Insomnia review

:. Director: Christopher Nolan
:. Starring: Al Pacino, Robin Williams
:. Running Time: 2:00
:. Year: 2002
:. Country: USA

Christopher Nolan's Insomnia is a gritty take on Erik Skjoldbjærg's eponymous film. But beyond a fine cast and stunning photography, this is the first successful remake of a European film and above all it proves how talented independent directors can elevate mainstream cinema.

An adaptation of Norwegian director Erik Skjoldbjærg's film starring Stellan Skarsgård (TimeCode), Insomnia follows Dormer (Al Pacino), an LA cop under investigation by Internal Affairs who is sent to Alaska to help local police solve the murder of a teenager. Suffering from insomnia in a region bathed by 24-hour sunlight, Dormer mistakenly kills his partner (Martin Donovan) in the fog and allows it to be blamed on the murderer. As he sinks deeper into sleep depravation, his life and the investigation become intertwined.

Considered by many as a masterpiece, the original film actually suffered from a pace much too slow to avoid boredom and its Northern European setting might have seemed too "exotic" to connect with an international audience. In a smart move, this remake was set in Alaska—thus not denaturing the original atmosphere—with Al Pacino in mind. While the American actor has built his reputation as the finest actor of his generation worldwide, thus bringing credibility to the project, it is interesting to note that Stellan Skarsgård has been called the Northern European Pacino. In another difference between the two versions, Dormer is not as dirty as his predecessor, a sign that this Insomnia is more Hollywood than arthouse.

Director Christopher Nolan, who's accustomed to describing confused minds (Memento) proves here he has the real stuff by bringing his unique vision to a basic cop story that turns into a vehicle for a very specific actor by creating a film that multiplies cinematic references. Insomnia could be considered as Al Pacino's Unforgiven. Dormer might be the ultimate incarnation of all of Pacino's cop roles. Insomnia might even be an unofficial continuation of Michael Mann's Heat. Dormer is an obstinate LA cop who crossed the line only to catch a sadist who was going get away with his crime. Here Pacino's behavior and stylish approach are reminiscent of his character in Heat, while the cinematography and music are close to Mann's signature visuals and Moby's themes. In the same way, there will no more than a couple of confrontations between the cat and the mouse.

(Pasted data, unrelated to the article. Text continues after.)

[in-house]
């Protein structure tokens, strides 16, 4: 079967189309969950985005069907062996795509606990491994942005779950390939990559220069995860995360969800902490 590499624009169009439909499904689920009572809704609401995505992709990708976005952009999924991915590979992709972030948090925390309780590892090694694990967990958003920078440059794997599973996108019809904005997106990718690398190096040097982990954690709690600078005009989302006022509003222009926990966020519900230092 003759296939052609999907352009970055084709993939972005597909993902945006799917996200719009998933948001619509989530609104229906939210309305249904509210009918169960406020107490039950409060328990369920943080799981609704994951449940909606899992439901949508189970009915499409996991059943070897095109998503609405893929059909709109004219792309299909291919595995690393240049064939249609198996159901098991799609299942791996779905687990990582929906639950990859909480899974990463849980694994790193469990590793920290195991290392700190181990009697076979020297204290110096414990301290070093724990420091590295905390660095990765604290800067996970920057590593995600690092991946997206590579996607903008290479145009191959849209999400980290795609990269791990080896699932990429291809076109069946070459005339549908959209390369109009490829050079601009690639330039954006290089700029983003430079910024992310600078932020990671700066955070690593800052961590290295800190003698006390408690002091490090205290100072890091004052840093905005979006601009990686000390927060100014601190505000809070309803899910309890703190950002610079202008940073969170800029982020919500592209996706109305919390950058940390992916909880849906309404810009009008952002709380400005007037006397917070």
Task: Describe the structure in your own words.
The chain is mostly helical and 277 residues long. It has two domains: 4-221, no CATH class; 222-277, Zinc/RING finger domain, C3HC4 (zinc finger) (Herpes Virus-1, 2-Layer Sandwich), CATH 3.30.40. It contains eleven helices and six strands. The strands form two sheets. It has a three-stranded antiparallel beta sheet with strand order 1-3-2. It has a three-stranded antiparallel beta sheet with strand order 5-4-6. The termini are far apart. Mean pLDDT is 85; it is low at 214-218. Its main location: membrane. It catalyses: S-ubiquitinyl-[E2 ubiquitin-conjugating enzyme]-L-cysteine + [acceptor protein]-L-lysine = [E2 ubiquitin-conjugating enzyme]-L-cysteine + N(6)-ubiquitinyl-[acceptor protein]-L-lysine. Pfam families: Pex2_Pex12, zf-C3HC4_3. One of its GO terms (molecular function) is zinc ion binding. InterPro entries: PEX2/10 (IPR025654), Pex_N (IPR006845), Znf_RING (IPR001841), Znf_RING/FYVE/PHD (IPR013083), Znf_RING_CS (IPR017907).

Nolan, totally aware of these references, deliberately uses them and plays with the second degree—for example Dormer means "sleeper" in French—to create a film that goes beyond its storyline. By making Dormer an LA cop, it obviously refers to Heat. But as city is also associated with pollution and police scandals, it gives the character a dirty halo. Then watch the opening scene. A plane flies above the ice in a surreal white light. The ice symbolizes the purity that the white light will bath Dormer with. Contrasting with the idea of LA's over-crowded urban city, the settings here—mostly mountains—crush this urban character. The importance of the light and the scenery signal that Dormer will definitely be changed by them, insomnia being the symptom. His soul will be cleaned up and he will find redemption. Just as in one scene in the apartment of the wrongly accused teenager where he tries to escape through a window but the light stops him, ensuring that he will have to face his actions. Insomnia represents the awakening of his remorse and he will only be able to find sleep once he has made peace with his conscience and found redemption. In a true biblical twist, he will be tested first in the fog (contrasting with the light) in which he kills his friend, symbolizing his dark side.

Nolan's direction is totally in control. The pace, slower than usual Hollywood films, is in phase with Dormer's state of mind but avoids boredom by really picking up in the action scenes. The photography is beautiful and brings some cold beauty to the picture.

Obviously this is a character-driven film. Al Pacino is at his best as a tortured soul who keeps it inside instead of going for typical outbursts. He is surrounded by a great supporting cast, from Martin Donovan (a Hal Hartley regular) to Hilary Swank. In another twist on cinematic references, a quiet writer can be a murderer just as a clown (Robin Williams) can play a killer. While Robin Williams isn't Robert de Niro, his minimalism combined with his visage brings uneasiness to his character. We are thankfully far from his latest movies (and acting as monstrous as his crimes in this film) and when Al Pacino finally corners him, the great actor avenges us for years of Williams' cinematic atrocities.

After Steven Soderberg, and Peter Jackson and Sam Raimi as a lesser degree, Christopher Nolan is the latest independent director to bring decency to Hollywood big productions. You won't wanna fall asleep in this Insomnia.

  Fred Thom

     Movie Reviews since 2012
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